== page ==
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Antibody Testing Results Raise False Hopes of Reaching Herd Immunity

Antibody Testing Results Raise False Hopes of Reaching Herd Immunity

A new study in India has raised hopes that the coronavirus may be significantly less lethal than thought (at least in India) and that achieving herd immunity through infection could be a viable strategy, but the enormous shortcomings of the study make such conclusions mere wishful thinking.

Coverage in the {Hindustan Times} is typical. An article headlined “15% Population May Have Virus Antibodies, Says Private Lab Data” begins “Thyrocare, a private diagnostic laboratory shared data from 60,000 antibody tests across 600 pincodes [postal codes] that it conducted over 20 days. Of those 15% tested positive for antibodies.” This figure suggests that far more people have already contracted and cleared the coronavirus than previously thought, and that the danger per infection is therefore significantly lower.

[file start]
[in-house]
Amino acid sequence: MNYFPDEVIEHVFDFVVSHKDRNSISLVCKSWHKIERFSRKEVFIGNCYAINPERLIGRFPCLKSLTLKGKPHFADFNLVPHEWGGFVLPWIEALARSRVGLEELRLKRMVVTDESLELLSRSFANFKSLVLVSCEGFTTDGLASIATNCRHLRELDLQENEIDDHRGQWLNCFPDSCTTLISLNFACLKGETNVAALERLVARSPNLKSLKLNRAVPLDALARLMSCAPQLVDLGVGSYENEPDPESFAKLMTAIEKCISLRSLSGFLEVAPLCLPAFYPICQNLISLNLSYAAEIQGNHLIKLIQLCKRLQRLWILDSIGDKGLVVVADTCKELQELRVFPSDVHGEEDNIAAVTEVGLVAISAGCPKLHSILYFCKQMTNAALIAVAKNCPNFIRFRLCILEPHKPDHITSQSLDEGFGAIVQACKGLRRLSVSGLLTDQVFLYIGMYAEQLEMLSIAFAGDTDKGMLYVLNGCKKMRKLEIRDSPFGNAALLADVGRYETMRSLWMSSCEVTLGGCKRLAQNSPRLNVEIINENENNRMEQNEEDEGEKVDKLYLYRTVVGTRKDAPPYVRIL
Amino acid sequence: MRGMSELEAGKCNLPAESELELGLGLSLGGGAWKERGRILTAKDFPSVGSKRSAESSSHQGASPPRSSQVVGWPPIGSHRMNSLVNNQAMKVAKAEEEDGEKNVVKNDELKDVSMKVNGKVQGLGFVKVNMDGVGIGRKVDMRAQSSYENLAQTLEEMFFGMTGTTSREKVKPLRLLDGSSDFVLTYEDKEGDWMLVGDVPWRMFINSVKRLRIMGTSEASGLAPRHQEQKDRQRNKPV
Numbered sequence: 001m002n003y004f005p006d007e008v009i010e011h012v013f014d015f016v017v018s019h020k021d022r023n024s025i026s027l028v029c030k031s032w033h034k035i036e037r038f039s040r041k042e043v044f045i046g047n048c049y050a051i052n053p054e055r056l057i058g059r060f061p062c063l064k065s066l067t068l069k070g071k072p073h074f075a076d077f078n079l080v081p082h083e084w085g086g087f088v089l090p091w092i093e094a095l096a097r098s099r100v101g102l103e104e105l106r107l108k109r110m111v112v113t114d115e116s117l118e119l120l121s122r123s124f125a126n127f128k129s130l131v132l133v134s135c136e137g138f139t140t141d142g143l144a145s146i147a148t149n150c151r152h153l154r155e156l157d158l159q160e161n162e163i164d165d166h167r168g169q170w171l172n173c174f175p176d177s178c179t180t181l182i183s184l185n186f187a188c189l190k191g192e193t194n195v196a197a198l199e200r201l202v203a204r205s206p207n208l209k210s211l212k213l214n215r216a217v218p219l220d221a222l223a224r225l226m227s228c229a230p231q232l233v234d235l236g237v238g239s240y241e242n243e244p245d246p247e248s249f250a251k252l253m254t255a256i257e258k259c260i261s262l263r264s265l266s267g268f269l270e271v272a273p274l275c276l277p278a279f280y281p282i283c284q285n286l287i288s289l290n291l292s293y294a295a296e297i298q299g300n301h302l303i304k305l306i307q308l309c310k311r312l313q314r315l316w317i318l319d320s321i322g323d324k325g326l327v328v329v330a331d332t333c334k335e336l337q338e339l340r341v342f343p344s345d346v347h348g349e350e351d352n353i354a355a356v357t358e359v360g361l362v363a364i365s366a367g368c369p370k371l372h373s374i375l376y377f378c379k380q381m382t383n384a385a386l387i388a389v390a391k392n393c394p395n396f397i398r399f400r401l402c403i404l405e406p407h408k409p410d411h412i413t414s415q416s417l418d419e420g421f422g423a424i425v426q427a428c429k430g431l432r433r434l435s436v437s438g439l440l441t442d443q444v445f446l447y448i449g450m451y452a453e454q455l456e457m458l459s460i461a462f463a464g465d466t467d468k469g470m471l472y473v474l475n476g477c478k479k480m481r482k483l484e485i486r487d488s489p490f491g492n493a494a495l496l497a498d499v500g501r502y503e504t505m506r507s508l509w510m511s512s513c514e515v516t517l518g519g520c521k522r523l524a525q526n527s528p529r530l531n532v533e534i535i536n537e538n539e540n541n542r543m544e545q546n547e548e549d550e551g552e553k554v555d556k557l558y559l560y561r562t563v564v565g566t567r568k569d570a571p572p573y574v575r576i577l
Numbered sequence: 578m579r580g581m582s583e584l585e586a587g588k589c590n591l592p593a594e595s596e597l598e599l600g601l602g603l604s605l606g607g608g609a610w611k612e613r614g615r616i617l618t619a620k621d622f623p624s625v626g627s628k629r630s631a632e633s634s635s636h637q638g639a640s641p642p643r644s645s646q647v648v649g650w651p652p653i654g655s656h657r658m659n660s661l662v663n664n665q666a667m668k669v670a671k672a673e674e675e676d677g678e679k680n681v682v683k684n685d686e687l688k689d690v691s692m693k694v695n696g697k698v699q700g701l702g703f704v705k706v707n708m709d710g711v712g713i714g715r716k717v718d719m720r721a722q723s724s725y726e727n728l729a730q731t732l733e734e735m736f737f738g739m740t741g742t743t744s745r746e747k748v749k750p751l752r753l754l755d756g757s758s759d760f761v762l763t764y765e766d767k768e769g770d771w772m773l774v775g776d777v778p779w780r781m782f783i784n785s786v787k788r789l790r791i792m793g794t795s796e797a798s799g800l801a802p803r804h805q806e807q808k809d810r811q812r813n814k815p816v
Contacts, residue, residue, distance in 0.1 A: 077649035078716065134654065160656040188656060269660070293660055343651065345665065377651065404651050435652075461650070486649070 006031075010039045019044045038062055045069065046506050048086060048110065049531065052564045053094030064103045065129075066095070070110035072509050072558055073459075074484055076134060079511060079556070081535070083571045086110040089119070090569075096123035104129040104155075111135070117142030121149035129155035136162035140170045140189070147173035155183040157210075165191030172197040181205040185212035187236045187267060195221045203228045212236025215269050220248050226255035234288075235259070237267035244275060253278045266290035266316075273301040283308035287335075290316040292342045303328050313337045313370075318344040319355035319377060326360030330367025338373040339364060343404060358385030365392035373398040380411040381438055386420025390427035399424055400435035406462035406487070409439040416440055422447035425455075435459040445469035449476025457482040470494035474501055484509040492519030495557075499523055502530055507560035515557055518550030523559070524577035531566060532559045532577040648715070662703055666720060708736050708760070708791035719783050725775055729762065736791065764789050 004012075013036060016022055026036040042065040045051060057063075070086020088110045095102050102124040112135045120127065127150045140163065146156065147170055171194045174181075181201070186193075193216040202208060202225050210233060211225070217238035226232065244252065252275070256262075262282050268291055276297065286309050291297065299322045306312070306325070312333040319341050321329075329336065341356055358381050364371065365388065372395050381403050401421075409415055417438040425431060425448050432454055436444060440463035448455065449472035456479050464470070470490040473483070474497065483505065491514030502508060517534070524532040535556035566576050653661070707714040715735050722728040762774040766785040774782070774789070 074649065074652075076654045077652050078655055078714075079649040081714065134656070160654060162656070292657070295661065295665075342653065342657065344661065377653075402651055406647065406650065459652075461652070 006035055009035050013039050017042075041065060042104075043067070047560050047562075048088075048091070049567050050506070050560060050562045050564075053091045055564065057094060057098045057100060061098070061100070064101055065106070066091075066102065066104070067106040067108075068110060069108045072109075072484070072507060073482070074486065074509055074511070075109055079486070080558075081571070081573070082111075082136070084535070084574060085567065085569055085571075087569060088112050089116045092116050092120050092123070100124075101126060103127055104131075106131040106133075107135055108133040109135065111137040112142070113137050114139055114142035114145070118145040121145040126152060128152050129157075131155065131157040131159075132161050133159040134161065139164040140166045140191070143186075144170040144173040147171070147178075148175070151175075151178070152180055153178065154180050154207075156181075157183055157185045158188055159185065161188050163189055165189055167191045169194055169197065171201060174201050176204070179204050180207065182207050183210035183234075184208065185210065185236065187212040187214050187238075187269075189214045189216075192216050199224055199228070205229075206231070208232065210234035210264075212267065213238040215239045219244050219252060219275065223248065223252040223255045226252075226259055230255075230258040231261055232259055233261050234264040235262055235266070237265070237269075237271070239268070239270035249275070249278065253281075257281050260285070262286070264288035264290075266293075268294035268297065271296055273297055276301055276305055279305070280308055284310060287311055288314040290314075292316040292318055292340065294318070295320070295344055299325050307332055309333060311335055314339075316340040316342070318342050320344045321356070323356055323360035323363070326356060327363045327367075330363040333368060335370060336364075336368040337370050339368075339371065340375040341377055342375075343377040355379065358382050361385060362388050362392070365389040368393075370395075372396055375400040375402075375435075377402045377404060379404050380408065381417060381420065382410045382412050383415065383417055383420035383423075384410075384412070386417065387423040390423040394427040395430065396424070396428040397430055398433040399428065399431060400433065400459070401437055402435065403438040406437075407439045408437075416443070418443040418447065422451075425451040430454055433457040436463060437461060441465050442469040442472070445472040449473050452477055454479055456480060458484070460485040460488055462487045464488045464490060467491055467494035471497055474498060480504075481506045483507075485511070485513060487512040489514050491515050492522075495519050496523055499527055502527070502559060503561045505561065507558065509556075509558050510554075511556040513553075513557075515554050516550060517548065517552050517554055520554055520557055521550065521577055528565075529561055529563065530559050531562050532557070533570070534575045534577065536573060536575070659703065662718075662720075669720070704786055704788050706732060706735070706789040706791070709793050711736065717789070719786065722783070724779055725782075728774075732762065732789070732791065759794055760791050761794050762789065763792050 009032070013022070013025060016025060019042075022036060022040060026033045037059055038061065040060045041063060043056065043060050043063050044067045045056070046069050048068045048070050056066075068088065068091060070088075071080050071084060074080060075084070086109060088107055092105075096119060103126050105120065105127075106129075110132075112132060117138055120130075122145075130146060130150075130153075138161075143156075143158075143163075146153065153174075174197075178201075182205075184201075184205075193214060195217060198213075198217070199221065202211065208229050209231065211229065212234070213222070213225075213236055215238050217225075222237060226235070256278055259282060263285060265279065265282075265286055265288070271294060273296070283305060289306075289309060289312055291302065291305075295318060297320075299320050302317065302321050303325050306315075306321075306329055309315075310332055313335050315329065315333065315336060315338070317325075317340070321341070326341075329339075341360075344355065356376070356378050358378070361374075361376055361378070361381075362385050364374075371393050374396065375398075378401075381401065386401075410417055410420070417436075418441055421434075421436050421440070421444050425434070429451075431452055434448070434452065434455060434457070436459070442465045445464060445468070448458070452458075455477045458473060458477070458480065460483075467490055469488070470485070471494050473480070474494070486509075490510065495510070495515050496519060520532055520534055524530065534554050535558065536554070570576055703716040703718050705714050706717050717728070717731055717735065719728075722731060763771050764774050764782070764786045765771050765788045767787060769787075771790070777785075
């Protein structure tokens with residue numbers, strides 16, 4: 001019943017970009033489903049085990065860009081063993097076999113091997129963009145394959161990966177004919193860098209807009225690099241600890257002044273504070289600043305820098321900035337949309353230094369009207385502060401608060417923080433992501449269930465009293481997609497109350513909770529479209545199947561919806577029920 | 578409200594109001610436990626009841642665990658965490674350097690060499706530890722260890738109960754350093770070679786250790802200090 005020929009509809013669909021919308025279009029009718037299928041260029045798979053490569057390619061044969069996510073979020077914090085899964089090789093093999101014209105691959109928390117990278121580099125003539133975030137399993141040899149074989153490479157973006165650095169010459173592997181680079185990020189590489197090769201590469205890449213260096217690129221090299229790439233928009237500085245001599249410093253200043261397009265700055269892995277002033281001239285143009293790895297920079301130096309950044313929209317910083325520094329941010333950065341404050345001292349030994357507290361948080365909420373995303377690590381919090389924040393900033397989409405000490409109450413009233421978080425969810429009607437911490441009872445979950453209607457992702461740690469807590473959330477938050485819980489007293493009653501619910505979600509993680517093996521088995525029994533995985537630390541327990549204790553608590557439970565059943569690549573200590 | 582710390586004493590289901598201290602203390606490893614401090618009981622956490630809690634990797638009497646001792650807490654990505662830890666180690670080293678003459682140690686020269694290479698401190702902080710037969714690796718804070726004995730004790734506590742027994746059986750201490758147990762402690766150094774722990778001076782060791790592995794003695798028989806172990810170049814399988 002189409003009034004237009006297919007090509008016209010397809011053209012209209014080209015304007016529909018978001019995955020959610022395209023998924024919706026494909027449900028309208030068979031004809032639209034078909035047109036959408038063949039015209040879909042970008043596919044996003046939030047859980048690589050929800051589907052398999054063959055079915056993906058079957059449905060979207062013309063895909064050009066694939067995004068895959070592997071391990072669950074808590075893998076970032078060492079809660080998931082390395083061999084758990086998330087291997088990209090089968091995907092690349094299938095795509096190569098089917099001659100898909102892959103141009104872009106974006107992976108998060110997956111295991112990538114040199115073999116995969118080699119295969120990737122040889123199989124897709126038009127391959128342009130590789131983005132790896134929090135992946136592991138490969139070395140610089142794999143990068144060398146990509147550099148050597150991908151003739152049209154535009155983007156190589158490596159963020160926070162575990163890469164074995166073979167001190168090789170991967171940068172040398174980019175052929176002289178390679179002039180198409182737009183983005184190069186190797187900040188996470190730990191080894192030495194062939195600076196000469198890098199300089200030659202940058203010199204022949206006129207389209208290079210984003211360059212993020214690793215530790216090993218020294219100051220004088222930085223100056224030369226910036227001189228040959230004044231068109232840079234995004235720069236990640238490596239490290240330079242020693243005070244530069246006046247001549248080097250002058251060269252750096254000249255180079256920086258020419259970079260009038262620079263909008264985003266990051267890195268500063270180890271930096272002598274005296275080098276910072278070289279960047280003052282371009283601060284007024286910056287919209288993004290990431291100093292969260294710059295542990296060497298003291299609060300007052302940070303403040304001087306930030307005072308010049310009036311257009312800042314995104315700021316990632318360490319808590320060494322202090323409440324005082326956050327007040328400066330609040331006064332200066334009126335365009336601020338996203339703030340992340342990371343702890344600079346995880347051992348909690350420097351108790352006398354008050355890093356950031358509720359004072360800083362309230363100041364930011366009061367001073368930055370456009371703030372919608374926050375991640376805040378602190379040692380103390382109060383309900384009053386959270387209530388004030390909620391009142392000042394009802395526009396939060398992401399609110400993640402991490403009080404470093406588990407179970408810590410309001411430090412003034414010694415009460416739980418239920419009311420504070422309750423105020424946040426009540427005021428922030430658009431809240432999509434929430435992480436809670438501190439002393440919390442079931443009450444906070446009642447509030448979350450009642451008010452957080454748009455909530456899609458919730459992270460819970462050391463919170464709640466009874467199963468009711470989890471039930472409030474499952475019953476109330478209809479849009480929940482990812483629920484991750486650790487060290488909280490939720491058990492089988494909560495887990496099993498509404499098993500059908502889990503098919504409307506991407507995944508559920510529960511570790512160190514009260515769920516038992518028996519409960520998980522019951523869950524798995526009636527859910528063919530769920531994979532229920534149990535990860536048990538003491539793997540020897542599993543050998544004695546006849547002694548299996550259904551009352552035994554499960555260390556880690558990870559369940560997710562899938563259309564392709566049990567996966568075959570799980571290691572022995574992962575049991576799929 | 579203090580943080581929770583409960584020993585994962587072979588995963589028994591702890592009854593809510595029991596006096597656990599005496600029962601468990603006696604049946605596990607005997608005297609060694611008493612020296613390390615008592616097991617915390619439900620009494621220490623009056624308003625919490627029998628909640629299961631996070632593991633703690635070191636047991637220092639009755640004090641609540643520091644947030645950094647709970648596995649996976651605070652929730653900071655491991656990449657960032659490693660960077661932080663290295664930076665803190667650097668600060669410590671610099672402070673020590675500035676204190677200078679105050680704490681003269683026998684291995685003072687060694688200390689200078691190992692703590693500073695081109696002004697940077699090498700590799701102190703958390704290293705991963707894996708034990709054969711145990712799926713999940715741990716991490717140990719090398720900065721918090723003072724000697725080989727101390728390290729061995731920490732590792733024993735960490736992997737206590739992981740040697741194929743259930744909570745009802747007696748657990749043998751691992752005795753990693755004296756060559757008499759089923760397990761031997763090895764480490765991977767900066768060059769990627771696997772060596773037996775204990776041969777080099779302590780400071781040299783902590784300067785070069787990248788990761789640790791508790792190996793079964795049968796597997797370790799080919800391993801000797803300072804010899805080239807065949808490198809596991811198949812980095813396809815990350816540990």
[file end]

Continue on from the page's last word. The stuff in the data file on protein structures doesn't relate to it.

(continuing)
But such antibody tests have enormous problems, as has been seen in the article by Stanford Professor John Ioannidis, reported on in this publication some months ago, or the April 22 press conference by California doctors Dan Erickson and Artin Massihi, which received unmerited attention. The trouble with these studies is the selection of who goes to be tested.

People who think they’ve already had COVID-19 — due to symptoms or known exposure — are more likely to seek out antibody testing. Without a more randomized sampling, the resulting figures will be too high.


In contrast with levels of 15% or 20%, the Indian Council of Medical Research found that less than 0.73% of people sampled — chosen randomly across 83 districts — had antibodies in late April. The {Journal of the American Medical Association} published on July 21 an article describing antibody screening in blood samples taken for other reasons (cholesterol levels, general health checkups, etc.) from March 23-May 12. They found SARS-CoV-2 antibodies in 1% of samples from the San Francisco Bay area and in 6.9% of samples from New York City. While these levels are much higher than the number of confirmed cases, they do not support the wishful thinking that we are near herd immunity, or that the morbidity and mortality of COVID-19 are low.

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